Teach Your Kids About Badass Black Women

Beyoncé videos and children’s books to teach intersectional feminism

Beyoncé Art — Cropped Photo by Brianna Santellan on Unsplash

Today, my 4-year-old and I had a great talk about institutionalized racism and intersectional feminism.

Actually, we had a ton of tiny talks, while watching lots of Beyoncé videos.

I sometimes overtalk on subjects I’m passionate about, like the struggle against racism and sexism. But I’m finally realizing we’ve got to reach people where they’re at, and where my 4-year-old is at is that she loves dancing and cute clothes.

How do you start a conversation with your kid about race?

People of color have conversations about race by necessity. White people sometimes try to put off talking about race, because it makes them nervous.

My kid is a white-passing Jew. I’m a Jew who reads as ethnically ambiguous. I grew up feeling othered, and I’m doing what I can to raise an ally.

Today, Beyoncé helped us talk about race, but usually, we turn to children’s books. So many children’s books that explicitly deal with race center on two topics: slavery and the civil rights era.

Yes, teach your kid about slavery, and the struggles for rights (past and ongoing). Our favorite books on the subject focus on black empowerment in the midst of white brutality.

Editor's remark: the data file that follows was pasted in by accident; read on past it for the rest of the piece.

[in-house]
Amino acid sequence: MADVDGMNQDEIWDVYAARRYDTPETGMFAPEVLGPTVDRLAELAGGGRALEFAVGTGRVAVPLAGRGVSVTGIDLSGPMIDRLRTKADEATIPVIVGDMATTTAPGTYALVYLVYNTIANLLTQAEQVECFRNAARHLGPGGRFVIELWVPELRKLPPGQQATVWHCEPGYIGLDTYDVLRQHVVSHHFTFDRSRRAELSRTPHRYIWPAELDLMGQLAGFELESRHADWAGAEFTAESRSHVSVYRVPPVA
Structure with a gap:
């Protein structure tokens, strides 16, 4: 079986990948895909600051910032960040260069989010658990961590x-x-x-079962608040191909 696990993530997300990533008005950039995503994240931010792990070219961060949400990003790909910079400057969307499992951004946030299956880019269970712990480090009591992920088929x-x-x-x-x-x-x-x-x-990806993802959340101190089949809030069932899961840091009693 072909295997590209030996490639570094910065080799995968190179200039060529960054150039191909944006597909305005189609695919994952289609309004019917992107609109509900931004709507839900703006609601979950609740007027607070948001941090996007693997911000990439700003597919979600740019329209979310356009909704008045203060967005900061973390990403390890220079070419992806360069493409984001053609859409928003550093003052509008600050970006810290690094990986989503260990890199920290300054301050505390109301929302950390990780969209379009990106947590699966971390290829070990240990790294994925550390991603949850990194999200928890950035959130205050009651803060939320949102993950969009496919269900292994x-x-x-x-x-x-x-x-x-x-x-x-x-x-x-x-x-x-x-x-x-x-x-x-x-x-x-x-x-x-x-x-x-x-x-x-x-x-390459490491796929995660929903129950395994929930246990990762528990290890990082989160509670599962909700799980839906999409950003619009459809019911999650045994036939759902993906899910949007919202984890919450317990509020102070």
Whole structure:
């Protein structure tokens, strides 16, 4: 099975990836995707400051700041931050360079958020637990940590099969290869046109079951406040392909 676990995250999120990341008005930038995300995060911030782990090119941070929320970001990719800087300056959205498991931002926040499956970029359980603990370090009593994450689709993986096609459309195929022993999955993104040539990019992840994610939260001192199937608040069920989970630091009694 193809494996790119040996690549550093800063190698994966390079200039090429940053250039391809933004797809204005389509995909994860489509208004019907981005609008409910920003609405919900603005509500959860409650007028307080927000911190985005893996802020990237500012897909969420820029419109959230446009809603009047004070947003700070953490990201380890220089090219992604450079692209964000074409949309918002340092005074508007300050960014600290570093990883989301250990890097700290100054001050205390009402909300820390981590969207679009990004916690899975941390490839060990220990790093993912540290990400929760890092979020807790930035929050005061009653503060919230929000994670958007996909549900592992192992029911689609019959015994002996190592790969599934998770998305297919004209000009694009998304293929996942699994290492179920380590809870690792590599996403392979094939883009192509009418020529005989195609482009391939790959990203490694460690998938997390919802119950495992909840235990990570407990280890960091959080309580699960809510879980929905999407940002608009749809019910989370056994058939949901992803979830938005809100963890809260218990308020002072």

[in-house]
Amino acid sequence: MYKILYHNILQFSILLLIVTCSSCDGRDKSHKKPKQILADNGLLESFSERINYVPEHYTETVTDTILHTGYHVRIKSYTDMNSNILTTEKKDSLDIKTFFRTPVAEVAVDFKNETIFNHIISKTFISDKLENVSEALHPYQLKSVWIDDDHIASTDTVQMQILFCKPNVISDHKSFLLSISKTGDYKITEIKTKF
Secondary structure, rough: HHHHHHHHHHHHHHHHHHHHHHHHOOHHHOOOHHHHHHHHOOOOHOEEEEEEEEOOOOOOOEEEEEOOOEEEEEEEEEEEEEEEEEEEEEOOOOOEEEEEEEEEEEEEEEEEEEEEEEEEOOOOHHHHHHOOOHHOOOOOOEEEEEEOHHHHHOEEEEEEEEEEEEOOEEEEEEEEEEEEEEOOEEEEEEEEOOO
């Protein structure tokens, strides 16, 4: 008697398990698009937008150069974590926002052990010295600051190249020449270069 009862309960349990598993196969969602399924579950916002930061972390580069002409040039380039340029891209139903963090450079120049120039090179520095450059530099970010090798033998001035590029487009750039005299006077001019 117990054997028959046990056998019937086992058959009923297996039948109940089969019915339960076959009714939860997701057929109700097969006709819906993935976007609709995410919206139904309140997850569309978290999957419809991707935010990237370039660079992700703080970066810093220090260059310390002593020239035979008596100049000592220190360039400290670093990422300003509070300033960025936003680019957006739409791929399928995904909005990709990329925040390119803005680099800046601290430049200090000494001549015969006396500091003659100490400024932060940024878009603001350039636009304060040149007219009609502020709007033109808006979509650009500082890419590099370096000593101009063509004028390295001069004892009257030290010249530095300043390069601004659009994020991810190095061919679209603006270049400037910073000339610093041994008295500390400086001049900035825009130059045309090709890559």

Four of our favorite children’s books that deal with slavery:

Freedom in Congo Square by Carole Boston Weatherford, ill. by R. Gregory Christie
Before She Was Harriet by Lesa Cline-Ransome, ill. by James E. Ransome
Love Twelve Miles Long by Glenda Armand, ill. by Colin Bootman
Show Way by Jacqueline Woodson, ill. by Hudson Talbott
Freedom in Congo Square, Before She Was Harriet, Love Twelve Miles Long, Show Way

But, when it comes to black history, slavery is far from the full picture.

If we only teach our kids the stories of slavery and segregation, stories of white power, are some kids going to think, “Well, maybe they/we did something to deserve it?” It is a hard thing to fit in our heads, that people commit atrocities for no good reason, so little minds (and big minds) try to rationalize, try to invent excuses, where there are none.

Again, it’s very important to teach kids the horrors white culture committed, and continues to commit. But let’s also talk about how it’s getting better because of the struggles of people of color and allies, and let’s make sure we teach our kids stories of black people and other people of color just living life, being awesome.

We need to teach our kids about slavery and civil rights, but we also need to help them see the rest of the picture: People of color are beautiful, powerful, smart, talented, and accomplished.

Our black kids need to see it. Our white kids need to see it. Everyone needs it.

It’s why so many families took their kids to Black Panther at a younger age than they would for other violent movies: The Afro-futurism was gorgeous and inspiring, and these sorts of portrayals set our kids up to love themselves, to love each other, and to grow up to knock down institutional racism everywhere they find it.